You really don’t go to Lake Bogoria to look at animals. There are plenty of places in Kenya, never mind the rest of Africa where the gameviewing is far far better. Spotting the odd zebra or buffalo wandering around on the water’s edge is a bonus, although there are good herds of greater kudu. What most people do is what I did – stop off en route up the Rift Valley to visit the extraordinary bubbling Loburu hot springs on the western shore of the lake. Be very careful how you go as the super-heated mud here can kill. Other worldly pools bubble gloopily and a series of geysers shoot steam 2.5-3m (8-10 ft) into the air. It is highly dramatic and scenically stunning, the rich colours of the volcanic minerals like an artist’s palette against the Rift Wall. It is also very smelly, with a strong odour of sulphur hanging in the air.
About 260 kms (162 miles) north of Nairobi), just about on the Equator, Bogoria is one of the smallest of the string of shallow brackish soda lakes that line the Rift Valley. No more than 3m deep, it has no outlet and is fed purely by rainwater pouring off the escarpment, so the size and salinity of the lake varies hugely from season to season. Like the other soda lakes along the line, it has no fish, but is rich in blue-green plankton that is the favourite food of flamingoes, attracting flocks of thousands to the area in season. With them come many other lake birds and predators from fish eagles to batteleurs.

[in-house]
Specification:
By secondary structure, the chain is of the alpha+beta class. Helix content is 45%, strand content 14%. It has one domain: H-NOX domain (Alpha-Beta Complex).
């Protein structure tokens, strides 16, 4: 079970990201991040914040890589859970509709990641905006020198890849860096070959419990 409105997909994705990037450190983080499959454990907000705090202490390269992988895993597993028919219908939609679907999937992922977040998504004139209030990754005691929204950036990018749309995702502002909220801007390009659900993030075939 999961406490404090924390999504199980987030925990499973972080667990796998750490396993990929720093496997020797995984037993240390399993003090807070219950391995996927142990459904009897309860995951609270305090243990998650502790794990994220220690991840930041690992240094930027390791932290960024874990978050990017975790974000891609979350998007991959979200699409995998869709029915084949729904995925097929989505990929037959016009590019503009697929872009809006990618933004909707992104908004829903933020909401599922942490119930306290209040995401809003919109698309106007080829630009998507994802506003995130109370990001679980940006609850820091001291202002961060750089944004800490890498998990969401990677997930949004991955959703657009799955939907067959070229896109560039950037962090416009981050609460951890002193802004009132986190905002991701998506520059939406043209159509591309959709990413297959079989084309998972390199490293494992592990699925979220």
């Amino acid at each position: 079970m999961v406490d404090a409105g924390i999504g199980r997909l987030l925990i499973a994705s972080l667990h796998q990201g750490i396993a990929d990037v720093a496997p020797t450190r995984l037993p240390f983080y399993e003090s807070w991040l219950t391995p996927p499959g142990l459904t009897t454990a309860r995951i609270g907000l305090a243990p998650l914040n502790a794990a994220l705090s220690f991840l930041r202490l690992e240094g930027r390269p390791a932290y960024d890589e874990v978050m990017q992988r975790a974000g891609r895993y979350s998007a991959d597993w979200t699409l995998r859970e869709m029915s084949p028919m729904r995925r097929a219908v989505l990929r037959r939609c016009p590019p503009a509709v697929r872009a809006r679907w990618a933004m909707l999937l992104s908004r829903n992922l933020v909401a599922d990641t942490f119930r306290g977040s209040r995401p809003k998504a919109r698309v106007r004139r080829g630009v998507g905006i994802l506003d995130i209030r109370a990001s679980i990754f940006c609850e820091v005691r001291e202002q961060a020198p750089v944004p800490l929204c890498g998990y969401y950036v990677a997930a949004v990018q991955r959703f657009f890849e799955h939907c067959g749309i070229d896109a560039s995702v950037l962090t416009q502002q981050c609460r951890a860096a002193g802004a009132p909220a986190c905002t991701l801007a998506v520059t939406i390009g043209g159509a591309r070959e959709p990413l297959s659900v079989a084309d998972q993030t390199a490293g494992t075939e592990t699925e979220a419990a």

The lakeshore is divided between two conservation areas, the Lake Bogoria National Park and the Lake Kamnarok National Reserve (named after the next tiny lake along the chain). Together they cover about 197 sq kms (76 sq miles). There is a lodge, proud home to Kenya’s one and only natural thermal spa (not 5-star de luxe) or there are campsites if you would like to stay longer to go walking or boating on the lake.
Anthony is a photographer and writer for travel magazines and Lonely Planet, including the guides to Kenya and Botswana & Namibia.
2 people found this review helpful.
Lake Bogoria: The Flamingo’s New Home